Location. Donhead St Mary is the third largest parish in England, with an area of 2115 hectares, but with a scattered population of about 1200 it is almost entirely rural. Situated in the extreme south west of Wiltshire. Its west and south west boundaries form a county boundary with Dorset. It is a typical English landscape with rolling hills and hidden valleys.
The parish includes the villages and hamlets of Wincombe, part of Gutch Common, Donhead St Mary, part of Brook Waters, Birdbush, Ludwell, Charlton, Lower, Middle and Higher Coombe and extends south to one mile from Ashmore and Tollard Royal.
Rock types and relief. In the south, the north facing chalke escarpment rises to 277m at Win Green, Travelling northwards the greens and slopes are cut into by the headwaters of the river Nadder exposing the gault clay. The Nadder rises in the west and south west of the perishing, flowing first east and then north east. It leaves the parish at a height of 110m and eventually merges with the Avon near Salisbury. The highest point of the greensand is about 155m and the mainly C12th parish church of St Mary the Virgin occupies a commanding position on the greensand bluff.
Ancient and medieval times. From earliest times the drier slopes, which were not thickly wooded, afforded cultivatable land and easy route ways. There is evidence of Bronze and Iron Age settlements in burial grounds. A Roman road coming from the south coast crossed the chalke escarpment and can be traced along Dennis Lane and through Lower Berrycourt Farm. It then crossed the river and travelled north along the slopes below the church, leaving the river to the east and exiting the parish through the saddle between Donhead Cliffe and Barker’s Hill.
. Shaftesbury Abbey owned much of the parish from the 10th to 16th centuries, and at its dissolution its land was given to Lord Arundell whose heirs and successors still own land around Wardour Castle. In C19th and C20th they sold much of the land for farming and housing development. There were also other large land owners who rented land to small farmers.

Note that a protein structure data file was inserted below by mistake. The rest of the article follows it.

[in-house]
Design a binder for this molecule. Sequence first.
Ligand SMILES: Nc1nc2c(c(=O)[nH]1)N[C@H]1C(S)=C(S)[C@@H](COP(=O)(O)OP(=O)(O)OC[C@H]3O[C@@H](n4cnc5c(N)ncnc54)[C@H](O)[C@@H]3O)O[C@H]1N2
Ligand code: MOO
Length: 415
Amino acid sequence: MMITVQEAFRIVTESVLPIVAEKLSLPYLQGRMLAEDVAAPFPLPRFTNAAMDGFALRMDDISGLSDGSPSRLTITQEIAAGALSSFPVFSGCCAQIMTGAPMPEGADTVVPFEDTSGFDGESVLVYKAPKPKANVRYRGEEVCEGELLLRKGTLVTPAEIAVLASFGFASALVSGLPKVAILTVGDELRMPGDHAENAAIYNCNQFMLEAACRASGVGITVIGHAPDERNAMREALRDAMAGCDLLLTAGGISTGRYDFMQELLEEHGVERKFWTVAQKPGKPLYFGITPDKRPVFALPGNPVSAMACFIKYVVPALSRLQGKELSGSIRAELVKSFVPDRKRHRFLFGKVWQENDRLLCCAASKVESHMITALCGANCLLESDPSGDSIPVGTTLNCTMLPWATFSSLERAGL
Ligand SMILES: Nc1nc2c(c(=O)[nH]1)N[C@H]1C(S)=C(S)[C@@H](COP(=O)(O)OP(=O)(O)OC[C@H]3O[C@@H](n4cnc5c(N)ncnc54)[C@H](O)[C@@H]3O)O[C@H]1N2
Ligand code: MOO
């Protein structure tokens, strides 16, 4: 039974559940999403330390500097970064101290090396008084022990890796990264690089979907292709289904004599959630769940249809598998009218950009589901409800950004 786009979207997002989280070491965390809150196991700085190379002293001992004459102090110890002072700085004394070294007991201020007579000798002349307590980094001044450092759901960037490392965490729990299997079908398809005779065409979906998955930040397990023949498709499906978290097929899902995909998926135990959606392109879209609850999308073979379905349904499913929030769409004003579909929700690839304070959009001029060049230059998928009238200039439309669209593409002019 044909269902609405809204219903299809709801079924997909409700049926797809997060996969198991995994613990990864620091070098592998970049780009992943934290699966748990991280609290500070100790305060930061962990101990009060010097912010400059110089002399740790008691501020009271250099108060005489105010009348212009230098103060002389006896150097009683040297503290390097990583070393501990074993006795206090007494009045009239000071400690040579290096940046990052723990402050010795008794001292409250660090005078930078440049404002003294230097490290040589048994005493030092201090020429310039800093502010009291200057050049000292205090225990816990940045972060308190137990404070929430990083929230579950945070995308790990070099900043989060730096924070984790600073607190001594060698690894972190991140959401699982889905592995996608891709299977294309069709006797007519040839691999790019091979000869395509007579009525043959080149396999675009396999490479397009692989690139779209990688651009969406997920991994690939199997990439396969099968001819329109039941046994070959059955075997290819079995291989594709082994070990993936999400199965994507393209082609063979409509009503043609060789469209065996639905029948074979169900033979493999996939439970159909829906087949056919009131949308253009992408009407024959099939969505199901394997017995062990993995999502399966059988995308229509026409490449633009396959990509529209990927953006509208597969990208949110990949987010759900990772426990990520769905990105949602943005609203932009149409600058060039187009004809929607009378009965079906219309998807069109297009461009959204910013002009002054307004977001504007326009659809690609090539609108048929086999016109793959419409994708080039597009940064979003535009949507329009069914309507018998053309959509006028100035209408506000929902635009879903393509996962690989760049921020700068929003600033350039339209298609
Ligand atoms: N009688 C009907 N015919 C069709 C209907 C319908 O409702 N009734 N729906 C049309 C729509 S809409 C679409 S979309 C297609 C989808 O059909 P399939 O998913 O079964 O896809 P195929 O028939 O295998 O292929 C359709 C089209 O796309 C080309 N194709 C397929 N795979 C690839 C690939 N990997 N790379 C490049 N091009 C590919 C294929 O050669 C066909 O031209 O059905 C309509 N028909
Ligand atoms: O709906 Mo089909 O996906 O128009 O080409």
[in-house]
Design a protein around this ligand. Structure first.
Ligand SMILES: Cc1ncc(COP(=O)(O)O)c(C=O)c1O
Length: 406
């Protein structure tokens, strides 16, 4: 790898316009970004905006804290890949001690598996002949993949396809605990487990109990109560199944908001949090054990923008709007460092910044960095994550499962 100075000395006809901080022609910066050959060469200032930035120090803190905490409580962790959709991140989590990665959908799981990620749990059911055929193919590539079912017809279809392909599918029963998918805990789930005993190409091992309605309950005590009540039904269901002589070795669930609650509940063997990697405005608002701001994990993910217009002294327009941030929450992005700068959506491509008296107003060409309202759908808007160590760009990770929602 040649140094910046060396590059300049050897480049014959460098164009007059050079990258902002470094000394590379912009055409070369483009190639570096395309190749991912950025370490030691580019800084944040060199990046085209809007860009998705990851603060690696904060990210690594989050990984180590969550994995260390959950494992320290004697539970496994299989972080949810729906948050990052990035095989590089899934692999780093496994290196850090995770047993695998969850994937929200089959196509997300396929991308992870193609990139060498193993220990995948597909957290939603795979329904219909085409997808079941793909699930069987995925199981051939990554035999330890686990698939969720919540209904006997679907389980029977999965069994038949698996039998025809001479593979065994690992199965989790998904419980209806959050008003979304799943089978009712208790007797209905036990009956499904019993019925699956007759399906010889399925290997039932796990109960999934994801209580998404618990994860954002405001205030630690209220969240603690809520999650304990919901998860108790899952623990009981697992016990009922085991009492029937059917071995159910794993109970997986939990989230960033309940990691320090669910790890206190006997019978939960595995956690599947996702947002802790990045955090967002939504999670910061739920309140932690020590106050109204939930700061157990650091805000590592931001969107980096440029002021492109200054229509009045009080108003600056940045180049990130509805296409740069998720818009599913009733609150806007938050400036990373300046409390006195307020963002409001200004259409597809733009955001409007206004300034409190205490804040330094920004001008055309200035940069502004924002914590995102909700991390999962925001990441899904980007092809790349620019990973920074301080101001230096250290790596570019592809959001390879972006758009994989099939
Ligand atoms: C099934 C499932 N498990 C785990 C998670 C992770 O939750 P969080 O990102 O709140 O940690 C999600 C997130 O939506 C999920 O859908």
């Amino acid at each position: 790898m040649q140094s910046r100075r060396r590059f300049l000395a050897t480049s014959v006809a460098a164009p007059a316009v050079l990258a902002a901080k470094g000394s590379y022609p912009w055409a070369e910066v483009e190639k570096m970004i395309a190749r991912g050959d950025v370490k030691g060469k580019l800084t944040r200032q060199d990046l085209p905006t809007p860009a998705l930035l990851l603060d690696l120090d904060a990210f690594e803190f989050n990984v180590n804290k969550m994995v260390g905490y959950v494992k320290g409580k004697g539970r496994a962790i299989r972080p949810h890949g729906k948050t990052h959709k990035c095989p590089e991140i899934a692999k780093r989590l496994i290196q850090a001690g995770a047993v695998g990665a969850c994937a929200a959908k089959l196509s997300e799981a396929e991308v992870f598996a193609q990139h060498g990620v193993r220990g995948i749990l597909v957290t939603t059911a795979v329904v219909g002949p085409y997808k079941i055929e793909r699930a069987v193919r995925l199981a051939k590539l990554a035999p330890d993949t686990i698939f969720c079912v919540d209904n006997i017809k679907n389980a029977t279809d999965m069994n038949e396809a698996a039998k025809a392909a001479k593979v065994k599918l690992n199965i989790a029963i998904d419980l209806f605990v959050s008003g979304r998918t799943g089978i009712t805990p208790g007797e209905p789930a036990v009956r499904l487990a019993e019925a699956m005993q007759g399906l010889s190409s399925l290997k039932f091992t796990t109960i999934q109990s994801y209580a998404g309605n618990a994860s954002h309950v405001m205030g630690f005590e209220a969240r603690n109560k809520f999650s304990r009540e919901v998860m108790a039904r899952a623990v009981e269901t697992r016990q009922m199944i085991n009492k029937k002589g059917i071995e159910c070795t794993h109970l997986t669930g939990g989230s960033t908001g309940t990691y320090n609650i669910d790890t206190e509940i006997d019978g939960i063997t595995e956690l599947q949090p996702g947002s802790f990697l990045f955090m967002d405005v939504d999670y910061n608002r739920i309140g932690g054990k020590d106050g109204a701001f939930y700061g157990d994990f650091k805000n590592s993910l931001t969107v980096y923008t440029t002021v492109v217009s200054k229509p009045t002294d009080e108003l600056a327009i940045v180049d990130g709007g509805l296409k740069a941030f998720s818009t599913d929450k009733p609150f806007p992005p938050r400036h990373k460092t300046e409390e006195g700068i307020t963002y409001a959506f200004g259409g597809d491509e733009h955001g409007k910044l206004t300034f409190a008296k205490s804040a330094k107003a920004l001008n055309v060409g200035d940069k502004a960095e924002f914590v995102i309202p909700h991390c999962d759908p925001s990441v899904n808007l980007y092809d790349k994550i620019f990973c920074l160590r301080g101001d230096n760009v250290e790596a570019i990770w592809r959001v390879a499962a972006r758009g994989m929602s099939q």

Until the early 1950’s the parish was more or less self sufficient in food. Some market gardeners sold vegetables as far away as Salisbury. Small shops catered for everyday needs – there was a tailor, garage, shops and pubs scattered over the parish. These have gradually disappeared – the last shop near St Mary’s church closed in 1983 – and nearly all shops are now found along the A30.
Farming today. The predominantly pastoral nature of the land strikes the eye immediately. Although some fields have been joined together and those south of the A30 are large, most of the fields remain comparatively small and are bounded by hedges. Some eight farms still remain active although the names of many houses retain the word ‘Farm’. The area farmed by each farmer has increased as much land is owned by landowners who rent it out to these existing farmers for pasture, silage and hay. Increased use of machinery has meant that most farmers employ few of no extra workers, relying on contractors to do so much of the work. Dairy farming has declined since the 1990’s and the land is used for hay or silage, cereals, beef cattle, horses and sometimes sheep.
Population and settlement. The population was initially concentrated into small hamlets of 6 – 8 houses, usually at a road junction e.g. Lillies green. Small ‘one up, one down’ cottages built of local greenstone were interspersed with larger farmhouses. Most were thatched but many were eventually title. There is no ‘stately home’ in the parish but several larger houses, such as Donhead Hall, Wincombe House and Charlton House were built by local gentry.